A full understanding of the universe must encompass the three worlds of matter, mind and spirit, as well as building bridges between them. While physics has been remarkably successful in describing the material world, from the smallest scales of particle physics to the largest scales of cosmology, it currently makes no reference to consciousness and associated mental or spiritual experiences.
Indeed, most physicists adopt a materialist and reductionist view in which consciousness is just an incidental by-product of the brain. However, many arguments from physics itself suggest that consciousness is a fundamental rather than incidental feature of the Universe, so it is natural to extend physics to accommodate it. This is especially true if one believes in certain anomalous interactions between consciousness and the physical world. However, this will require a radically different physical paradigm from the one that currently prevails.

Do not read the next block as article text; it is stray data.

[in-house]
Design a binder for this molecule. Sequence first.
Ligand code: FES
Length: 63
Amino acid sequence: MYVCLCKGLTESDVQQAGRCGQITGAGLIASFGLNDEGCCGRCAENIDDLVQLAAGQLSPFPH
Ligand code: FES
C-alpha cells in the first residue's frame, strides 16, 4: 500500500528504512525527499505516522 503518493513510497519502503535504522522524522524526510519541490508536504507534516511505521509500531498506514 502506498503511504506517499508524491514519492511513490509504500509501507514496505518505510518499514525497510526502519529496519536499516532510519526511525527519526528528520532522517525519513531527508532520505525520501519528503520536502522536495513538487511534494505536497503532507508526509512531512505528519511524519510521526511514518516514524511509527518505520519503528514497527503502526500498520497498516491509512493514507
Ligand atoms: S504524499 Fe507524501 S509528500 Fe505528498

Bernard Carr is Emeritus Professor of Mathematics and Astronomy at Queen Mary University of London. His professional area of research is cosmology and relativistic astrophysics and includes such topics as the early universe, black holes, dark matter, and the anthropic principle. His recent books are Universe or Multiverse? (2007) and Quantum Black Holes (2014). He believes that physics must expand to accommodate consciousness and mental phenomena. Professor Carr is President of the Scientific and Medical Network and former president of the Society for Psychical Research.